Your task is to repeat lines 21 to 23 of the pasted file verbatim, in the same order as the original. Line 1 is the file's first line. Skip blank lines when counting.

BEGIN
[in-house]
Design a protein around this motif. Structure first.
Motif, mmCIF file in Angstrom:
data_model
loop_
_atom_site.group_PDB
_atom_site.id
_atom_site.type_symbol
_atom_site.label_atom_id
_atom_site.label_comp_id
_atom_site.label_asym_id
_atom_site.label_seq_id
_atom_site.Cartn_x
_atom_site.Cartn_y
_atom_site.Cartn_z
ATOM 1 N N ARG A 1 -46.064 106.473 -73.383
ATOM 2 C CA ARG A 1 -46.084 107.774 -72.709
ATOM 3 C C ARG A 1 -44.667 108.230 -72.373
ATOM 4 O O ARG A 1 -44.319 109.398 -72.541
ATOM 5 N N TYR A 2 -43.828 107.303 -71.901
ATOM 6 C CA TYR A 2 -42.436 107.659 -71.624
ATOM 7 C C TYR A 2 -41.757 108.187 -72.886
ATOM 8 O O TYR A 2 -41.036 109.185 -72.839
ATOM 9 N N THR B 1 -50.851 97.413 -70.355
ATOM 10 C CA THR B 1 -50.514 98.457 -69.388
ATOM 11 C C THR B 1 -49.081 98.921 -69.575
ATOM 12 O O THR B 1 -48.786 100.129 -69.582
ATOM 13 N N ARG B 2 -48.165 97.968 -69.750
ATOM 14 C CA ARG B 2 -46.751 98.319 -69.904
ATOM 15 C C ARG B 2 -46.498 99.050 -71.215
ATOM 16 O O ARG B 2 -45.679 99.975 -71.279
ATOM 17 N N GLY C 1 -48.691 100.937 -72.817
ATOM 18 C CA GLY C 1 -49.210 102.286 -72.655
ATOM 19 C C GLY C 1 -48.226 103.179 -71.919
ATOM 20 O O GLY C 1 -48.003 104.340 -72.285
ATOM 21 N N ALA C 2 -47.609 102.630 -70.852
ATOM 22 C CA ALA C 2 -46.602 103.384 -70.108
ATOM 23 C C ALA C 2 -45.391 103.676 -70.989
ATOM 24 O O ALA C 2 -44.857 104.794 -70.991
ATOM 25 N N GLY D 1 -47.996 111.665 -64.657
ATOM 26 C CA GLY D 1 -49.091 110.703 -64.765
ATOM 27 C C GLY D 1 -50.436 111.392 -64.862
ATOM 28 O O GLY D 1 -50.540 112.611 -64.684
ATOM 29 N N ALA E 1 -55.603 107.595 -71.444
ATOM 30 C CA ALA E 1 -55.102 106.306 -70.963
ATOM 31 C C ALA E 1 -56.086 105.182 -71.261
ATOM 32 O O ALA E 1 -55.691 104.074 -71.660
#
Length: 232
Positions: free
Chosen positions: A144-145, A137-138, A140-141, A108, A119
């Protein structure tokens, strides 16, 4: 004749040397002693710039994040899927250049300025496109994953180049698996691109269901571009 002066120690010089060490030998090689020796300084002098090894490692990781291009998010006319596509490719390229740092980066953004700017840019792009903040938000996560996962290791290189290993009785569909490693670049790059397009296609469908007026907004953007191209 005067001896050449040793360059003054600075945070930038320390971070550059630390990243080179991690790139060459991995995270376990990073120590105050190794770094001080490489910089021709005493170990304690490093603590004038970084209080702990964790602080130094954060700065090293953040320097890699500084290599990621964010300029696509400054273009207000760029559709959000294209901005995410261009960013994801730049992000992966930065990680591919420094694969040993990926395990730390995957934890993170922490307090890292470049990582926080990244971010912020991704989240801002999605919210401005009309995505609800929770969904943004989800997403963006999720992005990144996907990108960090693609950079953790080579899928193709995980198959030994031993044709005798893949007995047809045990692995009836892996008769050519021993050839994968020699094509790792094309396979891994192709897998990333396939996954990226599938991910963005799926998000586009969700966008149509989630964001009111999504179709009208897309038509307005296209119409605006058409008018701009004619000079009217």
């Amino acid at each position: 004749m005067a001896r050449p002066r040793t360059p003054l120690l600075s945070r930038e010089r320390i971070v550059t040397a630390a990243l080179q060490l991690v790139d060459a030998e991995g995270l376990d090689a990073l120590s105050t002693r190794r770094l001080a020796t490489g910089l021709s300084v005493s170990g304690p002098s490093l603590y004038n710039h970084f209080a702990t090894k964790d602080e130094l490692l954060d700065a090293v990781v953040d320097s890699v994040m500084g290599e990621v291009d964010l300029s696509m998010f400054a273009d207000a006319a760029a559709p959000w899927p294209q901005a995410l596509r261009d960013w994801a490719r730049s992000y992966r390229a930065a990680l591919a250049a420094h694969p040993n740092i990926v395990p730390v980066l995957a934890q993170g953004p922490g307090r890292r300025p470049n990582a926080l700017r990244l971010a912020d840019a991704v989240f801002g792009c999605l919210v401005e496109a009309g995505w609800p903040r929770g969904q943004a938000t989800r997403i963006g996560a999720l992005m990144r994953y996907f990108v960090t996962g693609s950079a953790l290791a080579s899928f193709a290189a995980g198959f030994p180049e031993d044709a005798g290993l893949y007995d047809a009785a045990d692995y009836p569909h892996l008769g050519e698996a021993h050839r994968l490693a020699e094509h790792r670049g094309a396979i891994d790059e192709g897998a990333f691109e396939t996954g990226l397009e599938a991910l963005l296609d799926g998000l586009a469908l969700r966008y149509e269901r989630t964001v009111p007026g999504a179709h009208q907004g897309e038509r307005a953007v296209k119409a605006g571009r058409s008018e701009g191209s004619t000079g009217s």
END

ATOM 6 C CA TYR A 2 -42.436 107.659 -71.624
ATOM 7 C C TYR A 2 -41.757 108.187 -72.886
ATOM 8 O O TYR A 2 -41.036 109.185 -72.839